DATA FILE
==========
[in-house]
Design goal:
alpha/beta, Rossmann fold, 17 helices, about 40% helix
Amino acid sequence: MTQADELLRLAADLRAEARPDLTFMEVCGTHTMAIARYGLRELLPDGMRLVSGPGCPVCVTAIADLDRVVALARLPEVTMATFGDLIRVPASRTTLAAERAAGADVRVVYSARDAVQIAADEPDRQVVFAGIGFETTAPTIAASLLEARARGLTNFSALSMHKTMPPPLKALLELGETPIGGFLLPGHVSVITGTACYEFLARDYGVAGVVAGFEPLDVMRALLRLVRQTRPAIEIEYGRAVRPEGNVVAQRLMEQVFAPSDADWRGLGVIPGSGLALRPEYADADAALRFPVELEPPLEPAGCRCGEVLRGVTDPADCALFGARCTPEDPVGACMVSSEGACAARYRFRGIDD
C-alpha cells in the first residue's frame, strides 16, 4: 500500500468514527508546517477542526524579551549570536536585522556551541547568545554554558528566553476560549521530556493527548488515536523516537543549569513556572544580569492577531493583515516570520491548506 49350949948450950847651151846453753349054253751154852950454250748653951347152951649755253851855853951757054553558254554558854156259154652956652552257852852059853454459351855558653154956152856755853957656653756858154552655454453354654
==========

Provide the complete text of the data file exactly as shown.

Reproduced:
[in-house]
Design goal:
alpha/beta, Rossmann fold, 17 helices, about 40% helix
Amino acid sequence: MTQADELLRLAADLRAEARPDLTFMEVCGTHTMAIARYGLRELLPDGMRLVSGPGCPVCVTAIADLDRVVALARLPEVTMATFGDLIRVPASRTTLAAERAAGADVRVVYSARDAVQIAADEPDRQVVFAGIGFETTAPTIAASLLEARARGLTNFSALSMHKTMPPPLKALLELGETPIGGFLLPGHVSVITGTACYEFLARDYGVAGVVAGFEPLDVMRALLRLVRQTRPAIEIEYGRAVRPEGNVVAQRLMEQVFAPSDADWRGLGVIPGSGLALRPEYADADAALRFPVELEPPLEPAGCRCGEVLRGVTDPADCALFGARCTPEDPVGACMVSSEGACAARYRFRGIDD
C-alpha cells in the first residue's frame, strides 16, 4: 500500500468514527508546517477542526524579551549570536536585522556551541547568545554554558528566553476560549521530556493527548488515536523516537543549569513556572544580569492577531493583515516570520491548506 49350949948450950847651151846453753349054253751154852950454250748653951347152951649755253851855853951757054553558254554558854156259154652956652552257852852059853454459351855558653154956152856755853957656653756858154552655454453354654